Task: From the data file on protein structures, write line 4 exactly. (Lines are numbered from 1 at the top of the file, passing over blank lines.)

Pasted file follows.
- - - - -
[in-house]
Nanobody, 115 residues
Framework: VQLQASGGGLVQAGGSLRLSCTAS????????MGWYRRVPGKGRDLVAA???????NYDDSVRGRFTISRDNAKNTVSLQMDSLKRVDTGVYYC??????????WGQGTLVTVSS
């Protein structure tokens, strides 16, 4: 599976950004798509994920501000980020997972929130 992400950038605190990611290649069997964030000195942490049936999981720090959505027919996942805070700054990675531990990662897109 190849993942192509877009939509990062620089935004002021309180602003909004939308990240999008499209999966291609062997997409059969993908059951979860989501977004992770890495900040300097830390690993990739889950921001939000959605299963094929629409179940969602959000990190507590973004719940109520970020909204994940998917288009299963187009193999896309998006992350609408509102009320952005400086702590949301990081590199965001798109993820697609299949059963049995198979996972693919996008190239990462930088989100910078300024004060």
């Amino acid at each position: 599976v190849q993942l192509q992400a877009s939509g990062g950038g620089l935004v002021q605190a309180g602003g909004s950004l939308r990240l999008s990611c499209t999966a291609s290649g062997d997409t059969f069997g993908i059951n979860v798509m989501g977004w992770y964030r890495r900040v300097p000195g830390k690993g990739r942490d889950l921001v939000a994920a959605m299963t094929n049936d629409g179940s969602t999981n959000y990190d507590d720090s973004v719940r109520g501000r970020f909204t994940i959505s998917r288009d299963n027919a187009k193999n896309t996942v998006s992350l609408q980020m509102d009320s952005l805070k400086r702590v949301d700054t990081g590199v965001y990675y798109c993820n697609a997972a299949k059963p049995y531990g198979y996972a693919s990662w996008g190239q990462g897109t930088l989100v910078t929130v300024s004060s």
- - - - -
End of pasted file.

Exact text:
């Protein structure tokens, strides 16, 4: 599976950004798509994920501000980020997972929130 992400950038605190990611290649069997964030000195942490049936999981720090959505027919996942805070700054990675531990990662897109 190849993942192509877009939509990062620089935004002021309180602003909004939308990240999008499209999966291609062997997409059969993908059951979860989501977004992770890495900040300097830390690993990739889950921001939000959605299963094929629409179940969602959000990190507590973004719940109520970020909204994940998917288009299963187009193999896309998006992350609408509102009320952005400086702590949301990081590199965001798109993820697609299949059963049995198979996972693919996008190239990462930088989100910078300024004060």